Rodgers gets revenge in beating Dale at U.S. Am

Patrick Rodgers hits his tee shot at No. 12 during the Round of 64 at the 2013 U. S. Amateur at The Country Club.

Patrick Rodgers hits his tee shot at No. 12 during the Round of 64 at the 2013 U. S. Amateur at The Country Club.

BROOKLINE, Mass. – This time, Patrick Rodgers took a different route in his match against Sean Dale. And the view from being in front produced a far more pleasing result than what happened in Arkansas a few weeks ago.

Seizing momentum with birdies at the 448-yard, par-4 third and 494-yard, par-4 fifth, Rodgers got 3 up early, survived a midround rally by Dale, and regained momentum late to post a 3-and-2 win to advance to the second round of match play in the 113th U.S. Amateur at The Country Club.

Sure tasted better than the defeat Dale served up to him in the Round of 16 at the recent Western Amateur, eh?

Rodgers smiled, something he wasn’t doing much of the last few days, or since late Monday when he found out in the scoring tent that he and his two playing competitors, Ryan Riley and Jordan Reinertson, had been assessed one-stroke penalties for slow play.

Instead of 72, the Stanford sophomore was recorded as 73 at The Country Club, and it made for a lousy dinner and restless night.

“Definitely, that was a hard one to swallow," said Rodgers, of Avon, Ind. "That was the first time I’ve had any trouble with that (slow play) in my career."

It didn’t go down any easier Tuesday when Rodgers backed up that 73 with a 71 at Charles River CC, a score, by the way, that was attained only after making a 30-footer on the final hole. Finishing 36 holes at 4-over 144 and tied with 16 others for 50th, Rodgers wasn’t done. There was space for only 15 of them, so Rodgers had to come back for the logjam of a playoff, 17-for-15.

• • •

(Check out Wednesday's complete scores and Thursday's schedule here)

• • •

Assigned a spot in the second foursome, Rodgers played the par-4 14th not cautiously, but neither was he overly aggressive. “I knew par, obviously, would be a good score (at the 508-yard par 4), but when I got up to the green and chipped past the hole, I saw that there were two 7s (in the first group).”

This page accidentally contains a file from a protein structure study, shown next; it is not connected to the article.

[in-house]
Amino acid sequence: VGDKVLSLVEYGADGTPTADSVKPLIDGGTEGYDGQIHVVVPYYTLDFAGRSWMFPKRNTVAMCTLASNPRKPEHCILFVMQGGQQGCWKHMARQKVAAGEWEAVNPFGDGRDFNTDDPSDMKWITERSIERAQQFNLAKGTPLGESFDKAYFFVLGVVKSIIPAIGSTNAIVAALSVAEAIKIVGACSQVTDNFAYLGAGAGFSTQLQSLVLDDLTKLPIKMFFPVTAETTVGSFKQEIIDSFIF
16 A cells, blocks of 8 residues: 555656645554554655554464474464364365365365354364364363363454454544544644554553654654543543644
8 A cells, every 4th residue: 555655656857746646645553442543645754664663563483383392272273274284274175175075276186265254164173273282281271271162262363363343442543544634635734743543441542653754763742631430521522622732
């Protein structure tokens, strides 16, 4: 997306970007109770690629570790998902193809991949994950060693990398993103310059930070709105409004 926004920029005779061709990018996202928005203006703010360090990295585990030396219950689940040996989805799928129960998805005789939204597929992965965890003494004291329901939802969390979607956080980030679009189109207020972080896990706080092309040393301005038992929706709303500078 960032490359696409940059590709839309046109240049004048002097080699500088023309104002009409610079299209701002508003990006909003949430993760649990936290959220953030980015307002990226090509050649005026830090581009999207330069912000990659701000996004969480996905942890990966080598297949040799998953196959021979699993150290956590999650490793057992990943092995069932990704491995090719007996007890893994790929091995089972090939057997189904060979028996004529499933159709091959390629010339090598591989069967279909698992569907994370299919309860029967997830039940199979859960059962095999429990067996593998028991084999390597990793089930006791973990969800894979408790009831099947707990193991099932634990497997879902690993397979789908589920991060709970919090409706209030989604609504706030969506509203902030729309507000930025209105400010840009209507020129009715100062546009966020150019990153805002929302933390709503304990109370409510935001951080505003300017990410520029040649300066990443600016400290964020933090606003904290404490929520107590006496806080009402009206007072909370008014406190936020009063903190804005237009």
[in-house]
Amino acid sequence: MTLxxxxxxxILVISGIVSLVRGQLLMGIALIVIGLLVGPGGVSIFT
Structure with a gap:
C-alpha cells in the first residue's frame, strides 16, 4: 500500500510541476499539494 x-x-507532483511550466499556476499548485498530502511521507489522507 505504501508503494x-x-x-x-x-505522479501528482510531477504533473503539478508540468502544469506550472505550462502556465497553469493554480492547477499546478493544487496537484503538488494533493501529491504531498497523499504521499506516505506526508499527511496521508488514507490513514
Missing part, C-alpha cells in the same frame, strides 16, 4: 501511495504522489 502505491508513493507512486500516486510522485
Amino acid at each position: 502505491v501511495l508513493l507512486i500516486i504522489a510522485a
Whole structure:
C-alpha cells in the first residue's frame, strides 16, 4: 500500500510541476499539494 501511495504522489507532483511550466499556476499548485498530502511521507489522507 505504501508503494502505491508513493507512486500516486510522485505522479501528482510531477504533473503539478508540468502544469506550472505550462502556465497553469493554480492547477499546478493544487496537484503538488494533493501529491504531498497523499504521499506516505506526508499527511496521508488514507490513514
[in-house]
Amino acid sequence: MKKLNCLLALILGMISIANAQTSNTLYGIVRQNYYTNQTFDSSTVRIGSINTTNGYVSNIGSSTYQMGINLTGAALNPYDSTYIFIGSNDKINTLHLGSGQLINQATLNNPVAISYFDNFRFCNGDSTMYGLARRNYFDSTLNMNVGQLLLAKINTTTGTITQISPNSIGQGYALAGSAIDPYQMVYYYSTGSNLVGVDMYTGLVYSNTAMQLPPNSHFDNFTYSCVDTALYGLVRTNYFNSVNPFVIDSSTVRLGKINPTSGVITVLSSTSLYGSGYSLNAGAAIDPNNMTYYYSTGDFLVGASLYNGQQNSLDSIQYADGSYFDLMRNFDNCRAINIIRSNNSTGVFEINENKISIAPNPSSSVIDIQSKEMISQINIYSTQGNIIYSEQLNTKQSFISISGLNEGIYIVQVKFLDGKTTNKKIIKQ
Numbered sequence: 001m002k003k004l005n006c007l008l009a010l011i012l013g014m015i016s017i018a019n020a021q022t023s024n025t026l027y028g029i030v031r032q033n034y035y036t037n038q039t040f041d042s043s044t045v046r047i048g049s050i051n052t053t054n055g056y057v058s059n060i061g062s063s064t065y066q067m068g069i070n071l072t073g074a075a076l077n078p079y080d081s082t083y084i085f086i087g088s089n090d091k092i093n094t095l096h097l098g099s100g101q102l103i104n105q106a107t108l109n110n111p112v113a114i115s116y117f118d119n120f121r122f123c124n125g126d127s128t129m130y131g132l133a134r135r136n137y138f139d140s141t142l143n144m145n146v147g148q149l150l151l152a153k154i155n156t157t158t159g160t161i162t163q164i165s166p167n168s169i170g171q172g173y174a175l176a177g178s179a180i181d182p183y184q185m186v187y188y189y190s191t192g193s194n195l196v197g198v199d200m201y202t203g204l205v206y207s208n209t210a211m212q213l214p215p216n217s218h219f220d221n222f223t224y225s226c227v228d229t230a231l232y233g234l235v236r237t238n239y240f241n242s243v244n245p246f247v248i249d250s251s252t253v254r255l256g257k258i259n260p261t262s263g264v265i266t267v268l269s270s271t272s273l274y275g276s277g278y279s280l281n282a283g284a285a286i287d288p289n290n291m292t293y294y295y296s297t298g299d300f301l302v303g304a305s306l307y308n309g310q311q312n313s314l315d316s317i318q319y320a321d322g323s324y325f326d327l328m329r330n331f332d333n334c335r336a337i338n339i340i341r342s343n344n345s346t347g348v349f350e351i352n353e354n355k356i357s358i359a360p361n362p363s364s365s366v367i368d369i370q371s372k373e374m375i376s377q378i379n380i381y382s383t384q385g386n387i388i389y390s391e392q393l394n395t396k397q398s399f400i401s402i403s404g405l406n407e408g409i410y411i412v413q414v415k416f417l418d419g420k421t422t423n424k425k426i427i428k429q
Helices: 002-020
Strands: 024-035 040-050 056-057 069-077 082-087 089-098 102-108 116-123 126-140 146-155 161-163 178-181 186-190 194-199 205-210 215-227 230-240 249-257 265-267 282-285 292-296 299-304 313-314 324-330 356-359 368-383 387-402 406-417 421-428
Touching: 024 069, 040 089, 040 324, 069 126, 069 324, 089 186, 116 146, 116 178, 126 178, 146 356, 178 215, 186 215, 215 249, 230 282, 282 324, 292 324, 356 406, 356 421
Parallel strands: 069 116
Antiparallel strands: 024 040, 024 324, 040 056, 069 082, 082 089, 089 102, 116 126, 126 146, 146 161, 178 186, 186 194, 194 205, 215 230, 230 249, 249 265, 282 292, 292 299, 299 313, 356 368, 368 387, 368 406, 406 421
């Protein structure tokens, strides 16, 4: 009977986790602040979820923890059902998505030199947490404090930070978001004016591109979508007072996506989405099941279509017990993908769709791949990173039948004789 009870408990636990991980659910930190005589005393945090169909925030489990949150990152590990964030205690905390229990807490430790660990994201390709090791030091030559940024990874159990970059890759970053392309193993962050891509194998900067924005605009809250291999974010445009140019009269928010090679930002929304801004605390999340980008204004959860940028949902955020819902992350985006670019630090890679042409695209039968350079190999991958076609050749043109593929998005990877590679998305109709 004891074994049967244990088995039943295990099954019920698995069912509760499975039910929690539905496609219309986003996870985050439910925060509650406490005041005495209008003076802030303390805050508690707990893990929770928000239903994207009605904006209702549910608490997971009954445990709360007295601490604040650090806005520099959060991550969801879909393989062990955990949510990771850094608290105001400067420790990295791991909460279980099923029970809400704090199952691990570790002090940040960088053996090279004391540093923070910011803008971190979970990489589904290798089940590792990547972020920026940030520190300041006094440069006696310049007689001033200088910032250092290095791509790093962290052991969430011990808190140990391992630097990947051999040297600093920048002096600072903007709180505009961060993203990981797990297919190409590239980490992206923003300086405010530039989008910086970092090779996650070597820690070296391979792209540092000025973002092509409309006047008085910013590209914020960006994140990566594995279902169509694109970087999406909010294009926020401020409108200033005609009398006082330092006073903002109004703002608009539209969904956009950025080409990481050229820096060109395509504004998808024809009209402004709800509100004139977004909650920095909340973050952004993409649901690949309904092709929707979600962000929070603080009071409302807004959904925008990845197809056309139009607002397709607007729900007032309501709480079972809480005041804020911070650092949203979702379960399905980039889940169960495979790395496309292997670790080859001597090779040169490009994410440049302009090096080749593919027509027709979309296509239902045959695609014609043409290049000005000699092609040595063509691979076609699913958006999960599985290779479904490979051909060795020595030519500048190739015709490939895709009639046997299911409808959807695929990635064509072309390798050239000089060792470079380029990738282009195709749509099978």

Safely through the playoff, Rodgers had the benefit of a short walk to a home near the 15th hole where he’s staying with a host family. Getting some rest paid off, because Rodgers won three of the first five holes against Dale. It’s a good thing for Rodgers that he did because Dale, a recent North Florida graduate from Jacksonville, stormed back. Double bogeys by Rodgers at the seventh and ninth, then a birdie by Dale at the par-4 10th squared the match.

Maintaining composure, Rodgers won the 11th with a bogey and watched Dale make the mistakes. At the par-4 14th, Dale sprayed his ball wide right and under a tree. He took an unplayable, still had no shot, and wound up making a triple bogey. Then, at the par-4 15th, after Rodgers poured his tee shot into the fairway, Dale hit a tree with his drive and barely carried a massive mound 180 yards from the tee. He bogeyed that hole to go 3 down and then came one of the ugliest clinching holes you’ll ever see.

At the par-3 16th, Rodgers’ tee shot went skyward and came to rest as a fried egg in the bunker. He had no play other than to hack out, but he did so into tall rough atop the bunker, then his third shot was wedged to 15 feet past the hole. However, Dale could not take advantage, because his tee shot landed in high rough above another bunker, a spot from which all he could do was wedge it forward 4 or 5 feet. He putted that one 8 feet long and so it came to this: Rodgers had a putt to close out the match (he missed), then Dale had one to keep it going (he missed).

The 3-and-2 win, ugly as it may have ended, left a good taste in Rodgers’ mouth. Having already been named to the Walker Cup with four other colleagues, Rodgers was the only one of the five to survive the 36-hole stroke-play qualifying (Justin Thomas, Cory Whitsett, Max Homa and Michael Kim were dispatched). He knew that was hanging over his head, and then came the penalty, which ultimately forced him into a playoff.

“I’d like to think I’m not a slow player, but they make the policies and they have to enforce the rules,” said Rodgers, who will draw Englishman Greg Eason, a senior at Central Florida, in Thursday’s second round. “I was just happy to make it through in a playoff. Match play is a different animal.”

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